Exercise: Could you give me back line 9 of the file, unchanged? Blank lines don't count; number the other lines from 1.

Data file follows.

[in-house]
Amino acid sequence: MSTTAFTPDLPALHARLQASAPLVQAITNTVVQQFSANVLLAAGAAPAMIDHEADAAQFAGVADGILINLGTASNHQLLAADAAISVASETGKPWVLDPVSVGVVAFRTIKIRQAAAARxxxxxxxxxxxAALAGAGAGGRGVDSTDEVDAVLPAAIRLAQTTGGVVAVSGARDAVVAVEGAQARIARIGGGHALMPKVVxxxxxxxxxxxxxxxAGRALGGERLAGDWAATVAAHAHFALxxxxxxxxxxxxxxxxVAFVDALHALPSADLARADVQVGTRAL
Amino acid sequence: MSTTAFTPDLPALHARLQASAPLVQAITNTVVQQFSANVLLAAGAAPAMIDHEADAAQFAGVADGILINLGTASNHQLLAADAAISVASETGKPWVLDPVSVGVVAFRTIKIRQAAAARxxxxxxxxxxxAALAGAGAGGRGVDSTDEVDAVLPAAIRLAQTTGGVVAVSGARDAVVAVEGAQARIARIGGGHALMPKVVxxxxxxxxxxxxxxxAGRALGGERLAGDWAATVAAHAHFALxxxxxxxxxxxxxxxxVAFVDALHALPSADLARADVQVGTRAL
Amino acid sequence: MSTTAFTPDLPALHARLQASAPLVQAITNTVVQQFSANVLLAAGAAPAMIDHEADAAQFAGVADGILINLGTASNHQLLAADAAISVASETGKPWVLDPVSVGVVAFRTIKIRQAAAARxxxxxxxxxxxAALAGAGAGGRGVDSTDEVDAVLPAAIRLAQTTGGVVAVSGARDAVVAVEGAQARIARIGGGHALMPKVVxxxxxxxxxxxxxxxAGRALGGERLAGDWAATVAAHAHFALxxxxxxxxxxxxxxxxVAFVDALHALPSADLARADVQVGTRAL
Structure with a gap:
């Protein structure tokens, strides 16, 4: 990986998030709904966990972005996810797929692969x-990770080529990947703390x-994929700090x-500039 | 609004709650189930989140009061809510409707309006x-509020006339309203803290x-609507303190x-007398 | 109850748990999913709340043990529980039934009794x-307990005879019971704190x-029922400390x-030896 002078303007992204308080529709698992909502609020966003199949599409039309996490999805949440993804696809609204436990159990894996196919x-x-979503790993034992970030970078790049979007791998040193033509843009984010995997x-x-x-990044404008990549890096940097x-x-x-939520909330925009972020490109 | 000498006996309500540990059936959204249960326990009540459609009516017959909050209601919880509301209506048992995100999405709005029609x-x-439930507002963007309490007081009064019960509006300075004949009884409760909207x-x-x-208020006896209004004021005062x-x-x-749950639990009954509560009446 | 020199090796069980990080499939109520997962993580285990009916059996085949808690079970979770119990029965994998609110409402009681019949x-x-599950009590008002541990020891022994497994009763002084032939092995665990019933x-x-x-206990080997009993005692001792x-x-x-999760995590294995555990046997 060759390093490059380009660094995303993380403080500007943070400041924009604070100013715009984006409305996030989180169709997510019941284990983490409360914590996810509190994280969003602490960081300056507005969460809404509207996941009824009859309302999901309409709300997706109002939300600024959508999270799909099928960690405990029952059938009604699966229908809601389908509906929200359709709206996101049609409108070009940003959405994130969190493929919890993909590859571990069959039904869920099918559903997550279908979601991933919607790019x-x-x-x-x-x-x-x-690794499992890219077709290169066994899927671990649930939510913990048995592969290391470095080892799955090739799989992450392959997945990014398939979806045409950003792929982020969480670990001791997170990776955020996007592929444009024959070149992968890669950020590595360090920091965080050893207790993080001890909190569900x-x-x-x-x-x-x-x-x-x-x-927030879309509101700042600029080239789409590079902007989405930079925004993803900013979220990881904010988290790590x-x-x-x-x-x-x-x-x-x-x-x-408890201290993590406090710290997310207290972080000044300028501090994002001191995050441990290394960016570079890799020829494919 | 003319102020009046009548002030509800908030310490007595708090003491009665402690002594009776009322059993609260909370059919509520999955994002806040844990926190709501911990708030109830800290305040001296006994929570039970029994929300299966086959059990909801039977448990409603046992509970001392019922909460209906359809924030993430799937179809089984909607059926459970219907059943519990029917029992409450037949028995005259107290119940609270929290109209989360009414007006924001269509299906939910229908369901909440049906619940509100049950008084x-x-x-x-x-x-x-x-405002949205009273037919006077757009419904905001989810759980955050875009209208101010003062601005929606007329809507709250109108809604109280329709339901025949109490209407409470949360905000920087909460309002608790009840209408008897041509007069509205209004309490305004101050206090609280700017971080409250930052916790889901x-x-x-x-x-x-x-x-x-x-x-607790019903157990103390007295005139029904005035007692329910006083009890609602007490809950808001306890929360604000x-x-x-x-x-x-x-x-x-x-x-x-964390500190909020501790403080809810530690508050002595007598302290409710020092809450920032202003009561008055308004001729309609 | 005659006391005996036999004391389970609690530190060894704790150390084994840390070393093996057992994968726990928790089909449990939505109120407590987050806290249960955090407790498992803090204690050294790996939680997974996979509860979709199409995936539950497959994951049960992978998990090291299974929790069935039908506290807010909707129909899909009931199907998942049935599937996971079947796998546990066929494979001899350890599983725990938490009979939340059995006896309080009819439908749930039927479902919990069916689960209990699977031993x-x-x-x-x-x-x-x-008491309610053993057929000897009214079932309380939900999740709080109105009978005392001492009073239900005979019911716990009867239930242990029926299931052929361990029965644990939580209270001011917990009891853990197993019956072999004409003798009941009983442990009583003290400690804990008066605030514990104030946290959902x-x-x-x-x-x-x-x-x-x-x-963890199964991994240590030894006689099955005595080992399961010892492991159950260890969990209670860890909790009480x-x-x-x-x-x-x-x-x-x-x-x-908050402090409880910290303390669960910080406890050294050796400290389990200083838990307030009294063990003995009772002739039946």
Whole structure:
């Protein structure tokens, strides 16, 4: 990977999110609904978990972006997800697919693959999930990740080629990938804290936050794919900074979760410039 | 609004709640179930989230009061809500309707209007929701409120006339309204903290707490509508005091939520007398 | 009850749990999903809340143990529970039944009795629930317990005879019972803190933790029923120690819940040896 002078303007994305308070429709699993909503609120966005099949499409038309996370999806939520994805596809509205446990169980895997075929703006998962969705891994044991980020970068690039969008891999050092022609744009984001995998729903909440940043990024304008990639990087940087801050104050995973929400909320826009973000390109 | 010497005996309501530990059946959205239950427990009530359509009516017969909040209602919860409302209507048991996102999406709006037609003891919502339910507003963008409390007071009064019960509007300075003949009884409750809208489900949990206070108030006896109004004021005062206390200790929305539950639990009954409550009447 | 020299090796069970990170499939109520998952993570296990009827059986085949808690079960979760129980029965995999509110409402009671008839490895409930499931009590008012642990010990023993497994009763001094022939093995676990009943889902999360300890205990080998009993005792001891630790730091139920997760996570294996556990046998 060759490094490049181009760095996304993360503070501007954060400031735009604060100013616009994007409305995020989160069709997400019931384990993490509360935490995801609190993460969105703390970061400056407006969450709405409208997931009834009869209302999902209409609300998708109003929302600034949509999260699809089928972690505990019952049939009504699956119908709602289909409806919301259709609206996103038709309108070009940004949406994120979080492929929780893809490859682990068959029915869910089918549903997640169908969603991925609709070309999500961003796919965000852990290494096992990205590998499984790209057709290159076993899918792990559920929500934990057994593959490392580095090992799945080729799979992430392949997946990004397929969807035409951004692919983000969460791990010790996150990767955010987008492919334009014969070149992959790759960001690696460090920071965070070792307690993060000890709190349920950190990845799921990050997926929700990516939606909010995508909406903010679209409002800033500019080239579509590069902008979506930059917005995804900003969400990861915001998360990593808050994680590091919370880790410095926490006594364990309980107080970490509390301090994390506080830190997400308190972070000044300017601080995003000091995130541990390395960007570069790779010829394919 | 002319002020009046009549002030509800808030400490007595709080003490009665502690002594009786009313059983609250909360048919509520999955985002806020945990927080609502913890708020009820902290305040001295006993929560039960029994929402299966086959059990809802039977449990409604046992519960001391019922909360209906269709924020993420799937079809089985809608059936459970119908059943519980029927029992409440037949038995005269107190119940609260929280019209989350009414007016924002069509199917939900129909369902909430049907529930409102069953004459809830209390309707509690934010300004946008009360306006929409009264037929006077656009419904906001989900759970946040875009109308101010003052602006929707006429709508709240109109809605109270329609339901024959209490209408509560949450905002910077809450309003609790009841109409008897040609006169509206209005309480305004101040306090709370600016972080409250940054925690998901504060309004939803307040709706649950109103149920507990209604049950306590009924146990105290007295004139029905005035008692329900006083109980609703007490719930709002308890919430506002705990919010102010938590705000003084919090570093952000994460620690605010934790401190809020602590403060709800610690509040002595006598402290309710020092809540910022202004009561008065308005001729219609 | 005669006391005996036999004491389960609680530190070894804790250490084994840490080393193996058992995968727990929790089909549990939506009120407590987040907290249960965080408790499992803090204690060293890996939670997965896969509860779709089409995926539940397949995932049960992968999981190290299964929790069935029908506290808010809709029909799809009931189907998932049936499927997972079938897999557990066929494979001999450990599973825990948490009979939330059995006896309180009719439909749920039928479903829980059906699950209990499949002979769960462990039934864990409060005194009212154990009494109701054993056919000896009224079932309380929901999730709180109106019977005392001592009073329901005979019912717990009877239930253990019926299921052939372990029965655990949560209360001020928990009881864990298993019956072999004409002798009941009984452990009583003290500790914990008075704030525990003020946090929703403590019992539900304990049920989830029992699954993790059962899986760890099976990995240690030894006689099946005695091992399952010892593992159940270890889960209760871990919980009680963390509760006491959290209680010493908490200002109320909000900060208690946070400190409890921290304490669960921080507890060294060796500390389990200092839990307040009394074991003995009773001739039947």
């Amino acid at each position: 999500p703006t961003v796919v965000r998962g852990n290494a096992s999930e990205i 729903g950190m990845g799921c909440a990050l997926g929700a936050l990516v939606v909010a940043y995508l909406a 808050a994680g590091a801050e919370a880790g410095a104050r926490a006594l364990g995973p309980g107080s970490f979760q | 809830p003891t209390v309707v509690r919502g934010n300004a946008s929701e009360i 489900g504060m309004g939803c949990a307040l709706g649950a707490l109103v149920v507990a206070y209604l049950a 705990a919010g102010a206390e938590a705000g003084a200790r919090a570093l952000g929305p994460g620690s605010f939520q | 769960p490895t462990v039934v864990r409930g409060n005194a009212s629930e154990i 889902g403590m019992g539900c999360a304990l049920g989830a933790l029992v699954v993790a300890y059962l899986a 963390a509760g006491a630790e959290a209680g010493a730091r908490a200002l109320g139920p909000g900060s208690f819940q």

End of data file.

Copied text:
């Amino acid at each position: 999500p703006t961003v796919v965000r998962g852990n290494a096992s999930e990205i 729903g950190m990845g799921c909440a990050l997926g929700a936050l990516v939606v909010a940043y995508l909406a 808050a994680g590091a801050e919370a880790g410095a104050r926490a006594l364990g995973p309980g107080s970490f979760q | 809830p003891t209390v309707v509690r919502g934010n300004a946008s929701e009360i 489900g504060m309004g939803c949990a307040l709706g649950a707490l109103v149920v507990a206070y209604l049950a 705990a919010g102010a206390e938590a705000g003084a200790r919090a570093l952000g929305p994460g620690s605010f939520q | 769960p490895t462990v039934v864990r409930g409060n005194a009212s629930e154990i 889902g403590m019992g539900c999360a304990l049920g989830a933790l029992v699954v993790a300890y059962l899986a 963390a509760g006491a630790e959290a209680g010493a730091r908490a200002l109320g139920p909000g900060s208690f819940q």